Elon Musk will keep his promise to deliver a large-scale Powerpack system to the government of South Australia in 100 days, or make it free, after Tesla won a bid “to provide a 100 MW/129 MWh Powerpack system to be paired with global renewable energy provider Neoen’s Hornsdale Wind Farm near Jamestown” in the Australian state.

Tesla announced Thursday on Twitter it had won the bid for what will be “the world’s largest lithium-ion battery storage project,” and Musk followed suit by lauding Australia for its renewable energy focus.

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In a statement Thursday on its website, Tesla said: “Tesla Powerpack will charge using renewable energy from the Hornsdale Wind Farm and then deliver electricity during peak hours to help maintain the reliable operation of South Australia's electrical infrastructure. The Tesla Powerpack system will further transform the state’s movement towards renewable energy and see an advancement of a resilient and modern grid.”

The capacity being installed by Tesla is the entire storage component of the project, and the company says it will be complete by December. The system will meet power requirements for over 30,000 homes, a number roughly the same as the homes that lost power during a state-wide blackout in September, according to the statement.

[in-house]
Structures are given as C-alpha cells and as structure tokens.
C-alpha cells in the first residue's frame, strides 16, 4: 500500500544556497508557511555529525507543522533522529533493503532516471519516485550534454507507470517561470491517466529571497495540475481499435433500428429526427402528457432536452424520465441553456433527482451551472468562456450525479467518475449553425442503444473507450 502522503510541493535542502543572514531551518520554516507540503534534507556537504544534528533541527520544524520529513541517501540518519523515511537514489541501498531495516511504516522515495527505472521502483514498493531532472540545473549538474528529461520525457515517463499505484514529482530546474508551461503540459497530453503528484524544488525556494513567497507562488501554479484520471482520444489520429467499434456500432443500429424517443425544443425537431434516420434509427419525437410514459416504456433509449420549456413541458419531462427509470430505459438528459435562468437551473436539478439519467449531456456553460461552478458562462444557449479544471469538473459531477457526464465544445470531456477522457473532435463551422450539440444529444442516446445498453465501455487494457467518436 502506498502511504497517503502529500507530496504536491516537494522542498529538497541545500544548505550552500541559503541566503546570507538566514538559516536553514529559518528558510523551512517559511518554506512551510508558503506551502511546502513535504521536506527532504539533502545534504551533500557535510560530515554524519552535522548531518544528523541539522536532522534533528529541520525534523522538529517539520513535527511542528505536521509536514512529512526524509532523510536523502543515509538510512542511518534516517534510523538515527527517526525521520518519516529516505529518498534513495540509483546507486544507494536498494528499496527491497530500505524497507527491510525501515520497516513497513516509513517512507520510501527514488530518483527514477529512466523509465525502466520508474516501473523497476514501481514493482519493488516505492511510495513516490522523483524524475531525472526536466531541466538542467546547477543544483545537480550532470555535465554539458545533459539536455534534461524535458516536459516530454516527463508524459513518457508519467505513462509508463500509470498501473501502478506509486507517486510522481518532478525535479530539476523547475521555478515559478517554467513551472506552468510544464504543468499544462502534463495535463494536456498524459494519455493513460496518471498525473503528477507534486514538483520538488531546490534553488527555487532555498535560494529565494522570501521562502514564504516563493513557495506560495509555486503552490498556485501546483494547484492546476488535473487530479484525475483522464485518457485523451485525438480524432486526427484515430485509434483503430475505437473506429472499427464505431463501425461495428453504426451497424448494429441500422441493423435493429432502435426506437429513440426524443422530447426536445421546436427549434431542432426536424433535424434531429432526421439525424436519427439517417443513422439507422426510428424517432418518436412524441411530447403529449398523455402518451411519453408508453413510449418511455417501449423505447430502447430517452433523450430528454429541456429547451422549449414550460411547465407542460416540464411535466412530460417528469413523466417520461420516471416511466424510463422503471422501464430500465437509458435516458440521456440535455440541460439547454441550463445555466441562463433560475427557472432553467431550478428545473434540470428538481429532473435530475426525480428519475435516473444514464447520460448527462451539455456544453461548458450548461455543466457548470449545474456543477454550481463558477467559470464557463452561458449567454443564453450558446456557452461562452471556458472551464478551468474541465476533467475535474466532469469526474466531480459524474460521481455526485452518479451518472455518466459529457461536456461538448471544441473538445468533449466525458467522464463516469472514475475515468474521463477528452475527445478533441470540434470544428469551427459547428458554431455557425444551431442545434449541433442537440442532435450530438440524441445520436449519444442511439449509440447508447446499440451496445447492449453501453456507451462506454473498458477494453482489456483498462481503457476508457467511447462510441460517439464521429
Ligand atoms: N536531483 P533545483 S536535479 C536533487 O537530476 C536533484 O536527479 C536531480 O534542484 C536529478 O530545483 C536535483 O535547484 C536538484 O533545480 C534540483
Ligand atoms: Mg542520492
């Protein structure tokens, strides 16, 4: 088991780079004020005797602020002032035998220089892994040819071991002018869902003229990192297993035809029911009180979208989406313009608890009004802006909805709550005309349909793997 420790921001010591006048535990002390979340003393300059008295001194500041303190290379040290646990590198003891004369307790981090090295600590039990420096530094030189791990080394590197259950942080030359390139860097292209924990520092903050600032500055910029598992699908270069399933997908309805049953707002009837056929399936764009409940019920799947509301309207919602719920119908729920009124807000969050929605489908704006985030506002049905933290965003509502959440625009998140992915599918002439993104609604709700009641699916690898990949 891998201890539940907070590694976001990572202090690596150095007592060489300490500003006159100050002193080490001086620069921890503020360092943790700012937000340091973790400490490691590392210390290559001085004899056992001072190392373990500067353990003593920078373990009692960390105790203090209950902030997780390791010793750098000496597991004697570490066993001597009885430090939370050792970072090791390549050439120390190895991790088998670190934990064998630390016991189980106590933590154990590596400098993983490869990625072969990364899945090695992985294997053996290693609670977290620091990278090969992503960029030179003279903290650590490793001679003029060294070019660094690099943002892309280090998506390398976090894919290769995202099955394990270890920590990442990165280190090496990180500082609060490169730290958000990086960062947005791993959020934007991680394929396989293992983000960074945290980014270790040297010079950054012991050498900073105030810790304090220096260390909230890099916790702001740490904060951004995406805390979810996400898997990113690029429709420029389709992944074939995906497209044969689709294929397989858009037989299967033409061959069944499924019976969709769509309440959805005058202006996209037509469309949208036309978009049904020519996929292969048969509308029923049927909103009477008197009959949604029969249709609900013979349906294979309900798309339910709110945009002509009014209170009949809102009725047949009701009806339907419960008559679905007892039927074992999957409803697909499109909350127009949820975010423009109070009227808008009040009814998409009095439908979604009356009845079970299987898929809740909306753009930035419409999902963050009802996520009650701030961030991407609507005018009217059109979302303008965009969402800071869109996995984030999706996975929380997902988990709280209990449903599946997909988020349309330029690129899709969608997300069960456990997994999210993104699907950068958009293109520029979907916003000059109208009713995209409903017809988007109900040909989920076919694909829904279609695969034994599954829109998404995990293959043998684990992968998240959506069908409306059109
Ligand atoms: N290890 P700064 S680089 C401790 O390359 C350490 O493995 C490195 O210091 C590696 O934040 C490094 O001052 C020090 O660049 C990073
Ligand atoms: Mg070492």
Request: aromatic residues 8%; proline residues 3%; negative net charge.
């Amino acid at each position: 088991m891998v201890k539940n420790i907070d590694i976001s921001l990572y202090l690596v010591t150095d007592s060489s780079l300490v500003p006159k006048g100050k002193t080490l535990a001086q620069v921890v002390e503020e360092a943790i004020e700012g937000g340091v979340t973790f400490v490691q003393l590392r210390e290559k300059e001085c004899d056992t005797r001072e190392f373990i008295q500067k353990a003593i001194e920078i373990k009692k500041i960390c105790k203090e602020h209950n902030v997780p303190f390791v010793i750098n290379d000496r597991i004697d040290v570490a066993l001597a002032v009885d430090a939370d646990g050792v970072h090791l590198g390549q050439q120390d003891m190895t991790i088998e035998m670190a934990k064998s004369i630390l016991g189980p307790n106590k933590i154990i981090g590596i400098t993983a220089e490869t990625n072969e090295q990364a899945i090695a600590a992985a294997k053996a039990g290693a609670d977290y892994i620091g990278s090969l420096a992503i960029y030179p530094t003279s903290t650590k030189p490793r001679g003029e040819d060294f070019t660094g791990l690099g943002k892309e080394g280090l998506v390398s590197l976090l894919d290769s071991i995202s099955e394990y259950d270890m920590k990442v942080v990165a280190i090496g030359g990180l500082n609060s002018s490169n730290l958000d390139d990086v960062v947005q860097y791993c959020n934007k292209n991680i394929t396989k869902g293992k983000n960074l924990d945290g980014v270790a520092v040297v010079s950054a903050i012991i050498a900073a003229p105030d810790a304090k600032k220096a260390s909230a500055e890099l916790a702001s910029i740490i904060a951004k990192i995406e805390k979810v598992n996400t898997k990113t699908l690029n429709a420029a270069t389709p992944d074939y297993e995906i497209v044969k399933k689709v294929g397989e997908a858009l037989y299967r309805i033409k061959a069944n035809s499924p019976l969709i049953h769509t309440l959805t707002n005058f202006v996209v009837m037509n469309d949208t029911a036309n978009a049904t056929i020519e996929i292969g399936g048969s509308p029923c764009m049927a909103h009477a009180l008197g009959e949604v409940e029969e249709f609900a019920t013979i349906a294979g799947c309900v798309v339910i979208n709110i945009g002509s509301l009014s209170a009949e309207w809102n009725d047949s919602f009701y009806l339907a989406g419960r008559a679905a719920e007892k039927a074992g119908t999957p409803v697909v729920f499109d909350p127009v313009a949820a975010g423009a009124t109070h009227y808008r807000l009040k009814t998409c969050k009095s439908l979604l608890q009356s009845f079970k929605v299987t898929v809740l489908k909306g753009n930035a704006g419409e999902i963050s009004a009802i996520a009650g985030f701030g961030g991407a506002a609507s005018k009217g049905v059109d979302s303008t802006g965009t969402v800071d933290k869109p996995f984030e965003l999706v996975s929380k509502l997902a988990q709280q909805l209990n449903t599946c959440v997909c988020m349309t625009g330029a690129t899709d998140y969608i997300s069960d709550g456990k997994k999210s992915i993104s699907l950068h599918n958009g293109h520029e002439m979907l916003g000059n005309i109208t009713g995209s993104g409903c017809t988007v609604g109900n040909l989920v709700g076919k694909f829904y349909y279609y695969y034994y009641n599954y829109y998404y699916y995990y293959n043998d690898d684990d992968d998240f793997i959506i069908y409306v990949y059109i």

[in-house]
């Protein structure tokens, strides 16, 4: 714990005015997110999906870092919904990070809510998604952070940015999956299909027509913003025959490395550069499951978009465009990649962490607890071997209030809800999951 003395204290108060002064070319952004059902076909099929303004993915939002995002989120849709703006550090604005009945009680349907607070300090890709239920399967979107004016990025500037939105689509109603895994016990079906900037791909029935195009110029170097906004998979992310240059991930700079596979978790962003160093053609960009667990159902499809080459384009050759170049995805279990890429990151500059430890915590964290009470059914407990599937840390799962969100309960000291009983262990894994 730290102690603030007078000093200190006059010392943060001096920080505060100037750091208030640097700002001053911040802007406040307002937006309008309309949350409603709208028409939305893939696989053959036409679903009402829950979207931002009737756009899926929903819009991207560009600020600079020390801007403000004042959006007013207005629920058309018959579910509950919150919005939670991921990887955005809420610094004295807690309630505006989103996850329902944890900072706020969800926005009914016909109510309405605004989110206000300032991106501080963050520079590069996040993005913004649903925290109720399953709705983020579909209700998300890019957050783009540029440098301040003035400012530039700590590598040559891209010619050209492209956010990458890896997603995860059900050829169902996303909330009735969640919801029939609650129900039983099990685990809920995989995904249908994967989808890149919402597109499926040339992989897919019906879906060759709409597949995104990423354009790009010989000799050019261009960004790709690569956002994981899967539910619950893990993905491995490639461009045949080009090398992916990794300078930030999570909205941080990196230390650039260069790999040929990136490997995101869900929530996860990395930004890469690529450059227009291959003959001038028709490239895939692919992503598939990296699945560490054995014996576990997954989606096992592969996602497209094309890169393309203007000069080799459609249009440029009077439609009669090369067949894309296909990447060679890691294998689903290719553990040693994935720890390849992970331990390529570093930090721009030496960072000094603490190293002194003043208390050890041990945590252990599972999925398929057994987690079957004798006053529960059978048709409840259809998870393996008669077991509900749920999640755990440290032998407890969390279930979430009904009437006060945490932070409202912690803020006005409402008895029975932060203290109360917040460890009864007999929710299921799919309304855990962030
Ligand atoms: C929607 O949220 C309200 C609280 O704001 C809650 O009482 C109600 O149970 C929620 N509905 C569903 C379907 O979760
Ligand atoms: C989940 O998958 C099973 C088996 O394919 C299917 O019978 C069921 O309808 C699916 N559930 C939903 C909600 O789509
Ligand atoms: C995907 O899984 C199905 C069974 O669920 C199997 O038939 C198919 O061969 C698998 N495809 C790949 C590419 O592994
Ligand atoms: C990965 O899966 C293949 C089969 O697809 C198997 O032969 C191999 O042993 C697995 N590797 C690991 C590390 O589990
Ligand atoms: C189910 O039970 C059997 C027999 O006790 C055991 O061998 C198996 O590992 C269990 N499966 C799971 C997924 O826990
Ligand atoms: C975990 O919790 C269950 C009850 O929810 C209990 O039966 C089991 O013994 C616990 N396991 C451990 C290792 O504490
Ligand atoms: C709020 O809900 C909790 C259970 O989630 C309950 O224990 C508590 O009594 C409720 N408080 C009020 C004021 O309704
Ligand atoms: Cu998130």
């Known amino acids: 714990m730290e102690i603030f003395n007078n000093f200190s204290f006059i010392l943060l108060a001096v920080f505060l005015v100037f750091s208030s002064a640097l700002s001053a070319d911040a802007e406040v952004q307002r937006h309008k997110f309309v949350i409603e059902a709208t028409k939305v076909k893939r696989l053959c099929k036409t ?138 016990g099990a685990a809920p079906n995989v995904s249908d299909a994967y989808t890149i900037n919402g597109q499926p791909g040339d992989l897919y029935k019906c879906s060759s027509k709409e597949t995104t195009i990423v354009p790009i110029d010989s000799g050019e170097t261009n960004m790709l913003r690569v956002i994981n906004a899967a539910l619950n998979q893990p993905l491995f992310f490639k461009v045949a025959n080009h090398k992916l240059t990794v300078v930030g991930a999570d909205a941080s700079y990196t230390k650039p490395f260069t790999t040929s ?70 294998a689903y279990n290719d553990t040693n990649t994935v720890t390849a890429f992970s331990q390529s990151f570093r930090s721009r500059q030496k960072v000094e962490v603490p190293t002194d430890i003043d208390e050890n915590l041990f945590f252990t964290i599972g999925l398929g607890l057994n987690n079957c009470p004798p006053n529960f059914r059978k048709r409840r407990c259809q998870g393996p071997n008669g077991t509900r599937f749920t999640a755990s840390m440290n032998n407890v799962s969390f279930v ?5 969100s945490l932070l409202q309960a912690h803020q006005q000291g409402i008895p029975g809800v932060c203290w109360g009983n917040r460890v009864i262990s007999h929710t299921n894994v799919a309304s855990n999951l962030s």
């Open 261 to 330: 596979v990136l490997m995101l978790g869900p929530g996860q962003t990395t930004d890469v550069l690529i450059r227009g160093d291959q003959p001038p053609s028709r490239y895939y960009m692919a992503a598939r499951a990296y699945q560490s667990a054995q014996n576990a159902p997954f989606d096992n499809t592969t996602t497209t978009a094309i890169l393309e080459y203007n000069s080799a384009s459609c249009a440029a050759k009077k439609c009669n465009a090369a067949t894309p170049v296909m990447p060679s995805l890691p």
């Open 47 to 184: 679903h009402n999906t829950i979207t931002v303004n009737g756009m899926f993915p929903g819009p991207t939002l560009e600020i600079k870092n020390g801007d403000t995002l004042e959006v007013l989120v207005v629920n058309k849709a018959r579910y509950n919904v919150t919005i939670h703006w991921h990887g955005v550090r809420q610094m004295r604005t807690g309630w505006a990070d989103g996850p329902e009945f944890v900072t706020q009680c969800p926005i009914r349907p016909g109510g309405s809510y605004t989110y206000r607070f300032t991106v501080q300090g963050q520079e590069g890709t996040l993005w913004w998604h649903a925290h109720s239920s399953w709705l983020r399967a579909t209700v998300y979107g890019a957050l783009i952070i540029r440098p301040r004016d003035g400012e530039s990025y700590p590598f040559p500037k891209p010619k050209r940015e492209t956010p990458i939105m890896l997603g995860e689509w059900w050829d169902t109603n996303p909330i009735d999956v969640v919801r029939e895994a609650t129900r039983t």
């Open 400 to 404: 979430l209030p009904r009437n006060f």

South Australia Premier Jay Weatherill issued a statement Friday local time (Thursday in the United States) about the timeline for Tesla to finish building the system.

“Confirming the commitment from Tesla CEO Elon Musk to deliver the battery within 100 days or it is free, it has been agreed between Tesla and the South Australian Government that the starting date for the 100 days will be once the grid interconnection agreement has been signed,” he said in the statement.

The battery will be operational round-the-clock and will provide emergency backup power whenever there is a shortfall in energy requirements in the state. The grid-scale energy project will also help manage peak load during the summer, an important factor given the blackouts that occurred during the Australian summer in the beginning of 2017. 

“The deal will also bring other investments by both Neoen and Tesla into South Australia’s economy, with details to be announced in the future,” Weatherill’s statement added.

Read: Elon Musk Says Tesla Powerwall Doesn’t Make Economic Sense In The US

It is not clear what that investment could be, or how much Tesla stands to gain from this Powerpack deal. However, the Tesla statement spoke about what the company is already doing in Australia’s power sector, and how the Powerwall could also be used in South Australia.

“Tesla’s Powerwall is now being installed for residential customers across Australia and ramping up quickly. The same technology that can help stabilize the South Australian grid can also be used by homeowners to collect energy during the day so it is stored and made available day and night, providing uninterrupted power even if the grid goes down,” the statement said.